World Immunization Week is held each year at the end of April to promote the use of life-saving vaccines for all children – particularly those who are consistently excluded. This event is observed by UNICEF, immunization partners, governments and civil society organizations around the world. World Immunization Week runs from April 24-30, 2017.

Immunization prevents an estimated 2 to 3 million deaths every year from diphtheria, tetanus, pertussis (whooping cough), and measles. However, an additional 1.5 million deaths could be avoided if global vaccination coverage improves.

“Vaccines offer safe and effective protection from infectious diseases. By staying up-to-date on the recommended vaccinations, people can protect themselves, their families, and their communities from serious, life-threatening illnesses,” said Donald B. Hufford, M.D., WHA’s Chief Medical Officer.

In California, preteens need vaccines against whooping cough (Tdap), meningitis (MenACWY), and HPV when they are 11-12 years old. Incoming 7th graders must also provide proof of having received the whooping cough shot before starting school. A booster dose of MenACWY is recommended when teens are 16 years old. In addition, flu vaccine is recommended for everyone 6 months or older – not just preteens and teens.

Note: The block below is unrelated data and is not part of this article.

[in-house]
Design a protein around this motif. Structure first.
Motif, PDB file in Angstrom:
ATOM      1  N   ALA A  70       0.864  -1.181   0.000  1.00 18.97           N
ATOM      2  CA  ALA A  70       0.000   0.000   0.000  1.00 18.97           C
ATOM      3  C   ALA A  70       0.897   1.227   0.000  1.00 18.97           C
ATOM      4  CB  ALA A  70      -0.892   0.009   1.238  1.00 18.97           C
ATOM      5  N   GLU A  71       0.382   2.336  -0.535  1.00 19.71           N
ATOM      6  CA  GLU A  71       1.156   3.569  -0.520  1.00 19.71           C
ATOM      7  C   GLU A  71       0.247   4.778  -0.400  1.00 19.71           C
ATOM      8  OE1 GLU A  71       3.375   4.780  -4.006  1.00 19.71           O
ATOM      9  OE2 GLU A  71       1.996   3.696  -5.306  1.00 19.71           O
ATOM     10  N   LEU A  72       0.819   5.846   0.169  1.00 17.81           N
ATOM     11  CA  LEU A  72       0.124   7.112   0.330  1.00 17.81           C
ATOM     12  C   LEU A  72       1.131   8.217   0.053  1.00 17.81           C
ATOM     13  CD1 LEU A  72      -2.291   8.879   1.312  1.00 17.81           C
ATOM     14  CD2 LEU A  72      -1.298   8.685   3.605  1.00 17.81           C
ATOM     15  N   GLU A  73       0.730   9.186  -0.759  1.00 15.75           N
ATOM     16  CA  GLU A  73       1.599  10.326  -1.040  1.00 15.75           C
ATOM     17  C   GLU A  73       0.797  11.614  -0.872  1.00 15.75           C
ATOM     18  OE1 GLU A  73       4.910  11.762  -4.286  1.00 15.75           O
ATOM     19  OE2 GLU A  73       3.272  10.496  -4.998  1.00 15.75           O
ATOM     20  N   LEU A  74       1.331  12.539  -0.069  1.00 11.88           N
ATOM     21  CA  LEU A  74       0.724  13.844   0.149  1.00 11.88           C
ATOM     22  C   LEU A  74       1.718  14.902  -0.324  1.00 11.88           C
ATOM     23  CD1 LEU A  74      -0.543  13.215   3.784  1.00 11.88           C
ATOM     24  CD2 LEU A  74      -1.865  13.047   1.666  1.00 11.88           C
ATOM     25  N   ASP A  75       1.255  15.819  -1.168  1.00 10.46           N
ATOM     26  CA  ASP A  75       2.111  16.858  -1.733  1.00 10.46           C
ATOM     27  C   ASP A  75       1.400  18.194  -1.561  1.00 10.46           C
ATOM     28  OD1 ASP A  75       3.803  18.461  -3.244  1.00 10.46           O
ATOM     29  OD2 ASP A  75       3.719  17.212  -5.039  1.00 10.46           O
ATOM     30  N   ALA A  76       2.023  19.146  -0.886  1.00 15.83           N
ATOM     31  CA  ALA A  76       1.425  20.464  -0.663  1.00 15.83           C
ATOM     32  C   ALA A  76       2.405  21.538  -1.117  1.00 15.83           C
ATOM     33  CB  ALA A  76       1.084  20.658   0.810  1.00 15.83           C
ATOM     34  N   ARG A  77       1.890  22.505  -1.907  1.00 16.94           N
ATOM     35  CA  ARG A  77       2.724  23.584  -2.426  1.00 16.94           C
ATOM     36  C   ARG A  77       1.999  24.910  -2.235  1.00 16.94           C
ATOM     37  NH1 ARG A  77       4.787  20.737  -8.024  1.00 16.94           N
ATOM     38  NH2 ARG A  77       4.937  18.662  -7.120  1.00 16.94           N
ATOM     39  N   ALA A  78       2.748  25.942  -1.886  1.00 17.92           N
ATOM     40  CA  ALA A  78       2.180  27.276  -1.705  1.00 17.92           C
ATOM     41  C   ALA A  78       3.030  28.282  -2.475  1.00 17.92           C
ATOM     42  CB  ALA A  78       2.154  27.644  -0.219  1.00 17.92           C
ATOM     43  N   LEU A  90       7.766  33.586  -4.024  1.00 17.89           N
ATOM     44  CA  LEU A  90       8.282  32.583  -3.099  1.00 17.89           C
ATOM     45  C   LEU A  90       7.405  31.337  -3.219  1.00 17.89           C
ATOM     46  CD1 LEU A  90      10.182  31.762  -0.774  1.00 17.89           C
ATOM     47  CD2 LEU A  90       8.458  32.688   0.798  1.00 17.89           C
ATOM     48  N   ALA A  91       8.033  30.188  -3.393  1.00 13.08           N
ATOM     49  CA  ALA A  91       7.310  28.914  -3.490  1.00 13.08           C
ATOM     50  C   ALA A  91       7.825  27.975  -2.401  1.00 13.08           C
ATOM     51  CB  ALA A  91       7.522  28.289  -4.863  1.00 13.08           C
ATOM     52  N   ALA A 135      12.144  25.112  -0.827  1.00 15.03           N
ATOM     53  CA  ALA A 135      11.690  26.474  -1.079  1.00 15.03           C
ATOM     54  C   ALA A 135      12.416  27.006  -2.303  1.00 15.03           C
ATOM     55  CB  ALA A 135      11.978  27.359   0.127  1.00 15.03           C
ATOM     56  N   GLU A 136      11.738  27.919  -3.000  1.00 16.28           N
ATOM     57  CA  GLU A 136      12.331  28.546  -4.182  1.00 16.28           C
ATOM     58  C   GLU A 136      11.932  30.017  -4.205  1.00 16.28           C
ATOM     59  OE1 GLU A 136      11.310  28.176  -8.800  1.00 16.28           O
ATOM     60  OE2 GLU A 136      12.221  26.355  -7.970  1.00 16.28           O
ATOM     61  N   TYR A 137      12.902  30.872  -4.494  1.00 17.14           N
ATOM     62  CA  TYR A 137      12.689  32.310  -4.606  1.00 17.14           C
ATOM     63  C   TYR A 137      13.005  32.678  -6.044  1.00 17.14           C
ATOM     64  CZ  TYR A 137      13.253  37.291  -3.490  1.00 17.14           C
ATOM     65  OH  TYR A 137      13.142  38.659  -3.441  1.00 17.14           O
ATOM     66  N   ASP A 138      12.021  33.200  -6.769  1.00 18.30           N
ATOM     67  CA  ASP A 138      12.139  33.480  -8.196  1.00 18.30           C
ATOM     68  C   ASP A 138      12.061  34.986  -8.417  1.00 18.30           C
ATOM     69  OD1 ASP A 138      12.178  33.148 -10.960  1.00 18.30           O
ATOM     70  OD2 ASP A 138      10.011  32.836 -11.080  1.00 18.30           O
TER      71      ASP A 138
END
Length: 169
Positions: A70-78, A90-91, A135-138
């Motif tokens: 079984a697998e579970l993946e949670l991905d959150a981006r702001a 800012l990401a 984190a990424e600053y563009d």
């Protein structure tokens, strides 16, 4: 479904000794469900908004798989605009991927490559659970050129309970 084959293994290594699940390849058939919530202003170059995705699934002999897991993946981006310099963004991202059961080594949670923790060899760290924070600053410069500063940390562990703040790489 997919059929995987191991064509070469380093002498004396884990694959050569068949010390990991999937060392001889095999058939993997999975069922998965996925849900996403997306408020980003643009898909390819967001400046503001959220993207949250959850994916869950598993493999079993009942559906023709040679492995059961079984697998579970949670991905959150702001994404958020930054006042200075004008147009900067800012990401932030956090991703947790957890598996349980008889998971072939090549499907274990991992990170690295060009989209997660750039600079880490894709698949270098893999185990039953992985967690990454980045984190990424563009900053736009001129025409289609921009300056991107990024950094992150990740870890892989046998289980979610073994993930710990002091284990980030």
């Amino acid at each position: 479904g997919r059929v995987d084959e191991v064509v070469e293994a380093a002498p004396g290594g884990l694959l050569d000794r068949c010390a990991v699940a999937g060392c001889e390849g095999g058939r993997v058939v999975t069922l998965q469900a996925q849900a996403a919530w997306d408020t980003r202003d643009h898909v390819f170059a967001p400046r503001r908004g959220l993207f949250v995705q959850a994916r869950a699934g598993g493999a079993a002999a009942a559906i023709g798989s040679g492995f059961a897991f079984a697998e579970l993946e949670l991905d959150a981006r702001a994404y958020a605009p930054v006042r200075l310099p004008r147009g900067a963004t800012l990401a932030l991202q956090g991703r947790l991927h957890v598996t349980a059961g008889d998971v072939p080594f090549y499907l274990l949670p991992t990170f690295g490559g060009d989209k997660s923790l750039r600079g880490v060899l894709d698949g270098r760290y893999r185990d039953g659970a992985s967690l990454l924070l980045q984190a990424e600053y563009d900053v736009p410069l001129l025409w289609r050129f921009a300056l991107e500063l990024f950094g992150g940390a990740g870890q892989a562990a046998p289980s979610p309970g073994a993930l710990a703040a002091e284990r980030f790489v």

Dr. Hufford reminds parents, “If you haven’t done so already, now is the time to ask your doctor about the three vaccines recommended for your child at their preteen visit, plus a flu shot every year.”

For more information about recommended schedules for immunizations, visit mywha.org/teenIZ.

Click here to view the fact sheet on immunization or to learn more, visit Unicef.org

Immunizations Improve the Health of Children
National Infant Immunization Week (NIIW) is an annual observance to highlight the importance of protecting infants from vaccine-preventable diseases and celebrate the achievements of immunization programs and their partners in promoting healthy communities. NIIW 2017 is April 22-29, 2017.

Milestones Reached